UZH-Logo

Maintenance Infos

What predicts performance in ultra-triathlon races? – a comparison between Ironman distance triathlon and ultra-triathlon


Knechtle, Beat; Zingg, Matthias; Stiefel, Michael; Rosemann, Thomas; Rüst, Christoph (2015). What predicts performance in ultra-triathlon races? – a comparison between Ironman distance triathlon and ultra-triathlon. Open Access Journal of Sports Medicine, 2015(6):149-159.

Abstract

Objective: This narrative review summarizes recent intentions to find potential predictor variables for ultra-triathlon race performance (ie, triathlon races longer than the Ironman distance covering 3.8 km swimming, 180 km cycling, and 42.195 km running). Results from studies on ultra-triathletes were compared to results on studies on Ironman triathletes.
Methods: A literature search was performed in PubMed using the terms “ultra”, “triathlon”, and “performance” for the aspects of “ultra-triathlon”, and “Ironman”, “triathlon”, and “performance” for the aspects of “Ironman triathlon”. All resulting papers were searched for related citations. Results for ultra-triathlons were compared to results for Ironman-distance triathlons to find potential differences.
Results: Athletes competing in Ironman and ultra-triathlon differed in anthropometric and training characteristics, where both Ironmen and ultra-triathletes profited from low body fat, but ultra-triathletes relied more on training volume, whereas speed during training was related to Ironman race time. The most important predictive variables for a fast race time in an ultra-triathlon from Double Iron (ie, 7.6 km swimming, 360 km cycling, and 84.4 km running) and longer were male sex, low body fat, age of 35–40 years, extensive previous experience, a fast time in cycling and running but not in swimming, and origins in Central Europe.
Conclusion: Any athlete intending to compete in an ultra-triathlon should be aware that low body fat and high training volumes are highly predictive for overall race time. Little is known about the physiological characteristics of these athletes and about female ultra-triathletes. Future studies need to investigate anthropometric and training characteristics of female ultra-triathletes and what motivates women to compete in these races. Future studies need to correlate physiological characteristics such as maximum oxygen uptake (VO2max) with ultra-triathlon race performance in order to investigate whether these characteristics are also predictive for ultra-triathlon race performance.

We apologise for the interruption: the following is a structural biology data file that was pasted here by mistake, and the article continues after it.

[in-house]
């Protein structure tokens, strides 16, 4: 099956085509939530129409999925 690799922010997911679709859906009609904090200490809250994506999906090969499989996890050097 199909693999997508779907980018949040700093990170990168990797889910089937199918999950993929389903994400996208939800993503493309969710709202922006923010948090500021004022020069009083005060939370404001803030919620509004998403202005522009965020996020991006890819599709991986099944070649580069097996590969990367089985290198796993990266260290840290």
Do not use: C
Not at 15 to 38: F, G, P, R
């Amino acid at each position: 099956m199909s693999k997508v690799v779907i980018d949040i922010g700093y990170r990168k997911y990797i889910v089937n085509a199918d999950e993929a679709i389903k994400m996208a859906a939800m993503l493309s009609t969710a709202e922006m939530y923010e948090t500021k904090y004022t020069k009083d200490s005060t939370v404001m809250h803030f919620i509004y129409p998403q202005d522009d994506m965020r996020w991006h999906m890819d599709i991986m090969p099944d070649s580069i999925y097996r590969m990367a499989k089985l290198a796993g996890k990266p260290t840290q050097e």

Objective: This narrative review summarizes recent intentions to find potential predictor variables for ultra-triathlon race performance (ie, triathlon races longer than the Ironman distance covering 3.8 km swimming, 180 km cycling, and 42.195 km running). Results from studies on ultra-triathletes were compared to results on studies on Ironman triathletes.
Methods: A literature search was performed in PubMed using the terms “ultra”, “triathlon”, and “performance” for the aspects of “ultra-triathlon”, and “Ironman”, “triathlon”, and “performance” for the aspects of “Ironman triathlon”. All resulting papers were searched for related citations. Results for ultra-triathlons were compared to results for Ironman-distance triathlons to find potential differences.